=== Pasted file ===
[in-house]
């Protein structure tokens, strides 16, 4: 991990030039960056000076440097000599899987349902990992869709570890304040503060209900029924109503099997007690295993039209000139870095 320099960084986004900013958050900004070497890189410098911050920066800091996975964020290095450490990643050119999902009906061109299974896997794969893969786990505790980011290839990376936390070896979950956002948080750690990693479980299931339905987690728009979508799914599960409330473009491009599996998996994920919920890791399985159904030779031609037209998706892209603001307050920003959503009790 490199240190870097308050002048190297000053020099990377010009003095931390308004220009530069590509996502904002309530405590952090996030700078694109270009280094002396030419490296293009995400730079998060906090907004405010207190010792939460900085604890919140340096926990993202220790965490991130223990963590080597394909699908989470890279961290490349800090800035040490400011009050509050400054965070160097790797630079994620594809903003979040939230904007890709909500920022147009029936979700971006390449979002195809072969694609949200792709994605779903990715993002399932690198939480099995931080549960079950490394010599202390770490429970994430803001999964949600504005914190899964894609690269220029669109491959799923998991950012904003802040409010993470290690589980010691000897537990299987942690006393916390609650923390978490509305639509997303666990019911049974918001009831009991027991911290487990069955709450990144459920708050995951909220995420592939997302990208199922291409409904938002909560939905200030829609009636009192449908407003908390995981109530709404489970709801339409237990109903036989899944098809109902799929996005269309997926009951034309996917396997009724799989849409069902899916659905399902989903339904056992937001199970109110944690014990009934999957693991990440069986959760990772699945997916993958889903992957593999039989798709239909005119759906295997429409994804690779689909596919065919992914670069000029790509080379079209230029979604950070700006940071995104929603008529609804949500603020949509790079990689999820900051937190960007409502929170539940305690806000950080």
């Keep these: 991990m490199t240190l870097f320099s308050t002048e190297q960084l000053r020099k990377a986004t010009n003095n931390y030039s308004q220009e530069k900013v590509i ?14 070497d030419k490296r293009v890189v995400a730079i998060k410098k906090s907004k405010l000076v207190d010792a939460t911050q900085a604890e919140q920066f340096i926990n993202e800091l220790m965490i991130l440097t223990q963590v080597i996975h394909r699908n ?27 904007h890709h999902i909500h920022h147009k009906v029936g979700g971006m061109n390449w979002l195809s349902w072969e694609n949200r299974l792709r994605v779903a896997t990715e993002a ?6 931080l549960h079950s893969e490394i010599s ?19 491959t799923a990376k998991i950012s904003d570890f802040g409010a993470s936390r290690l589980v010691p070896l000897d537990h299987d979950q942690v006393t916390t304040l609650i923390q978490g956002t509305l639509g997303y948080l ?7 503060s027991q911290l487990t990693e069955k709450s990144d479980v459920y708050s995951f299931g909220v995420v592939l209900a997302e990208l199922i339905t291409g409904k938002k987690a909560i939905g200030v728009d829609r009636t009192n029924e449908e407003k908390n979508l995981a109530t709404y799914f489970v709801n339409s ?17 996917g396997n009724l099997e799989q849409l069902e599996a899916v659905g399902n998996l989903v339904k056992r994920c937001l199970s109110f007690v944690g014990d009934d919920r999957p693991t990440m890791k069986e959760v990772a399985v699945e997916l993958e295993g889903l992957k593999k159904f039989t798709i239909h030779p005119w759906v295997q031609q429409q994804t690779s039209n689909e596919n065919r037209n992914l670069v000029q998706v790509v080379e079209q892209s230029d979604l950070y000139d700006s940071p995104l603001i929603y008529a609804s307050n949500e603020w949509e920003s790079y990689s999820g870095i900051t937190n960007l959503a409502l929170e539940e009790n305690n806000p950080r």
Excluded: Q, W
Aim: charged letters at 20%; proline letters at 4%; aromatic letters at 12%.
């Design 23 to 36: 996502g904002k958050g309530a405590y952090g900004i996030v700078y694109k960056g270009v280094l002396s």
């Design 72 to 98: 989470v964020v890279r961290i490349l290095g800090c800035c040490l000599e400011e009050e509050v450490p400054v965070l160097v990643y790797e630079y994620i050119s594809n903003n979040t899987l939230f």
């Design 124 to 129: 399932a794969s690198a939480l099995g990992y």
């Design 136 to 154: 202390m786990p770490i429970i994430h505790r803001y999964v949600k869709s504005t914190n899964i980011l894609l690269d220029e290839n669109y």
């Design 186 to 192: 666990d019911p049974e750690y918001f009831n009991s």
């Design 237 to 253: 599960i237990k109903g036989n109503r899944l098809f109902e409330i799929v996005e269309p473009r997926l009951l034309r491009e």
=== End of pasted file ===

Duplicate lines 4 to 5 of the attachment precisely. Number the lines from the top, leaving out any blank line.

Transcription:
Excluded: Q, W
Aim: charged letters at 20%; proline letters at 4%; aromatic letters at 12%.